Holloway says, they can and do; when artificial intelligence programmers stopped trying to copy the human neuron, they made much better progress. Humans can do things that AI cannot do, as we saw earlier, but those abilities are not due to the superior learning ability of a human neuron:
Brain neurons operate on what is called the “all or nothing” principle. When enough charge is built up by the neuron’s synapses, it neuron fires. But until then, the neuron does absolutely nothing. The neuron can thus be seen as an on–off switch. It is either firing, or it is not. There is no in-between stage. This makes learning difficult.
To understand why the “all or nothing” principle makes learning difficult, think about playing the “hot or cold” search game where you are searching a room for a treasure. A helpful bystander says “Hotter!” as you get closer to the treasure and “Colder!” as you get farther from it. This signal is very effective in helping you locate the treasure.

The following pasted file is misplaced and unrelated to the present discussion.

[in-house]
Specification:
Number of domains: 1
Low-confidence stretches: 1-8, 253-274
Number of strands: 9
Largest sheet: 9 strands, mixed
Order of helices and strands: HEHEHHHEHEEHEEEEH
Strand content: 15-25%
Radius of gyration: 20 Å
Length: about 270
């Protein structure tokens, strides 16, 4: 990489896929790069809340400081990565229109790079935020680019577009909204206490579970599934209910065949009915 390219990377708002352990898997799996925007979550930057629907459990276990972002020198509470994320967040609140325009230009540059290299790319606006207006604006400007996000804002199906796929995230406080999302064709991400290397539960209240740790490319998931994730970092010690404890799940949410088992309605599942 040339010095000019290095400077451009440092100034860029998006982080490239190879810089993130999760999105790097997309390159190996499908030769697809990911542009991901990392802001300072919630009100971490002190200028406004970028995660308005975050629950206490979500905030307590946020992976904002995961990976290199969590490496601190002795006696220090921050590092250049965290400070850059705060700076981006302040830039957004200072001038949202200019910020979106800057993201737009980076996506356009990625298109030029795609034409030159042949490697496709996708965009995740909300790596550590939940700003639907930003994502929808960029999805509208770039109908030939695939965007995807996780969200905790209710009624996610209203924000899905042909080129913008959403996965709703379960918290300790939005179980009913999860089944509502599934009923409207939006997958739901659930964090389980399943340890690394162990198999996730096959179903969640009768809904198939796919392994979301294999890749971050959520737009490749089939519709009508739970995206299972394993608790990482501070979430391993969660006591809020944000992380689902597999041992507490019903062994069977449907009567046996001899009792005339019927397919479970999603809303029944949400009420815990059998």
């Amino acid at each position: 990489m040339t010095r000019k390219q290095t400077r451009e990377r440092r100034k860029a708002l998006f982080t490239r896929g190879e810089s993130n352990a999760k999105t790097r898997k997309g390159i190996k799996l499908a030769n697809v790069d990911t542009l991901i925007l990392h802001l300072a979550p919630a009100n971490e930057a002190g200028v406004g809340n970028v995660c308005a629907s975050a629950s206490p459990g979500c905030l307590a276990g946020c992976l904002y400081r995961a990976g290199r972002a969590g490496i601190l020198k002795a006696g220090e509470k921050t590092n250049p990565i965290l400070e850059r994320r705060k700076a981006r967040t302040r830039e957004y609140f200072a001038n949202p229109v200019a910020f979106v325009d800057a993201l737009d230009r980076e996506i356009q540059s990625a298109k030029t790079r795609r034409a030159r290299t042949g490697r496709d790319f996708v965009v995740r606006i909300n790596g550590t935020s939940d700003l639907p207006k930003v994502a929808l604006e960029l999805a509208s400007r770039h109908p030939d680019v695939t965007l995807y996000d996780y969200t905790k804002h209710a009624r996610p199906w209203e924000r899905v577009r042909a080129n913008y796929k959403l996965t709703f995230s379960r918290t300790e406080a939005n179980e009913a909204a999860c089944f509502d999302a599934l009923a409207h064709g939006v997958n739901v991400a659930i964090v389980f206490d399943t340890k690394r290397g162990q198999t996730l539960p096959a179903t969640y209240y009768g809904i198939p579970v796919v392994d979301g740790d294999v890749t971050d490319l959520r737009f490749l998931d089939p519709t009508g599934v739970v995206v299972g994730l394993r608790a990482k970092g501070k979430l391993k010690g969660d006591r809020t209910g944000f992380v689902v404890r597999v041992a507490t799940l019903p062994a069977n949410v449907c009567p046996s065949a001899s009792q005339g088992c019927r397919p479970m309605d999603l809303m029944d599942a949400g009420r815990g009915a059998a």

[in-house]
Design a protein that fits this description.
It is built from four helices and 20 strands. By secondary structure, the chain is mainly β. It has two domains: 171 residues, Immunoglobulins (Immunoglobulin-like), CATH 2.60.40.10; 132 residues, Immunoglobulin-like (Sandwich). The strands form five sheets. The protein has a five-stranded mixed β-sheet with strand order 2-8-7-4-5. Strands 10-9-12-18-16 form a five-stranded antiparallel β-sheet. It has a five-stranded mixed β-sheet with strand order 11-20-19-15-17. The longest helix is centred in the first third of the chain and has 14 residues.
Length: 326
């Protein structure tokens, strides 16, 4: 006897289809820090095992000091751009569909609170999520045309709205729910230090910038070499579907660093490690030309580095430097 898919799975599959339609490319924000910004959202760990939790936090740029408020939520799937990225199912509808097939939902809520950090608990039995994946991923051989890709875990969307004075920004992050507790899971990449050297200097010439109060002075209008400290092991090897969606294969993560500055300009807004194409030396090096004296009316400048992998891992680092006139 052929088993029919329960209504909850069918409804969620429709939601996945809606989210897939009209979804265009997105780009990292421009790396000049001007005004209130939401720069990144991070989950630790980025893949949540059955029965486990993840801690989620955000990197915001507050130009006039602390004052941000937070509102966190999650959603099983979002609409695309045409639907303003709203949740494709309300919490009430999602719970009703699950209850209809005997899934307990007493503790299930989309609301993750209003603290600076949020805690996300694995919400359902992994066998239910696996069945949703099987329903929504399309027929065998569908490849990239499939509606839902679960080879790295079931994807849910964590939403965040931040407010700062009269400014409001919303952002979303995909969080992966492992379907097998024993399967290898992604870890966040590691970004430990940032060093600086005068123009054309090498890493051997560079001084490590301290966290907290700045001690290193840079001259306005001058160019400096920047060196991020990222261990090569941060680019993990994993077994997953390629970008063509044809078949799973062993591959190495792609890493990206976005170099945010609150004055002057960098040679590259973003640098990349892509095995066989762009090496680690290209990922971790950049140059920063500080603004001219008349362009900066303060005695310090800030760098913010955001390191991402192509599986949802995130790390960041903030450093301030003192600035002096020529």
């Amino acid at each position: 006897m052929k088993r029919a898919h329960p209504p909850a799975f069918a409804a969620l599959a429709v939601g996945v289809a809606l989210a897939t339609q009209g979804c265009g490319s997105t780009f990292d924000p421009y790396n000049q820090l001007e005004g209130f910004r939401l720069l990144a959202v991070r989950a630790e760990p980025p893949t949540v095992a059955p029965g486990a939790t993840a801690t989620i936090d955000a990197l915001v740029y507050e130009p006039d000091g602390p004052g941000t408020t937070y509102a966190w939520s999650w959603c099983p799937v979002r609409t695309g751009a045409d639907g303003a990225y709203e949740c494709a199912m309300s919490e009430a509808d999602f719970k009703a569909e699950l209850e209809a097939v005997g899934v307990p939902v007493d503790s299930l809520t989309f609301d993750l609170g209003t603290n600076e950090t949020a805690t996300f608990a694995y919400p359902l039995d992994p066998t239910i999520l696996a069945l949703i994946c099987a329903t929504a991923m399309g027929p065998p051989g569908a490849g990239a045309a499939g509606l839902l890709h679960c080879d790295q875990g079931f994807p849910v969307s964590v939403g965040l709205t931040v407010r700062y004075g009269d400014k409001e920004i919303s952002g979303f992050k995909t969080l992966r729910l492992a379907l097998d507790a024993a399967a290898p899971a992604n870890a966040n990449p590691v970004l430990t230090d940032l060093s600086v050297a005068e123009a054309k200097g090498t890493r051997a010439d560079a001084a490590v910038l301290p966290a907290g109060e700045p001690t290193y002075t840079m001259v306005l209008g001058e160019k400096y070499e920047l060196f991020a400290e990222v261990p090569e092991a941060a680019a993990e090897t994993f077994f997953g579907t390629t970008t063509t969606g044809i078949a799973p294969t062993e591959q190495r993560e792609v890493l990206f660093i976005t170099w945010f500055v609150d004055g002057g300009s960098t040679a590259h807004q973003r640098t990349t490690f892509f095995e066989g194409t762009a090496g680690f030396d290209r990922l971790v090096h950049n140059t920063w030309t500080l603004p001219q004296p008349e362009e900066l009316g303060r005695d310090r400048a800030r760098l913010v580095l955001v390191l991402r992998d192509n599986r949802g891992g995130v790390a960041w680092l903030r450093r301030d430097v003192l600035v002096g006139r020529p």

But what if we tweak the game. Now, the bystander tells you only whether you have found the treasure or not. If you find the treasure, the bystander says “Yes.” If you did not find the treasure, the bystander says “No.” This new version will take quite a bit longer to play because the bystander is really not providing any information that speeds up the game.Eric Holloway, “Can computer neural networks learn better than human neurons?” at Mind Matters News
Takehome: Humans can do things that AI cannot do, as we saw earlier, but those abilities are not due to the superior learning ability of a human neuron.
You may also wish to read: Artificial neural networks can show that the mind isn’t the brain Because artificial neural networks are a better version of the brain, whatever neural networks cannot do, the brain cannot do. The human mind can do tasks that an artificial neural network (ANN) cannot. Because the brain works like an ANN, the mind cannot just be what the brain does. (Eric Holloway)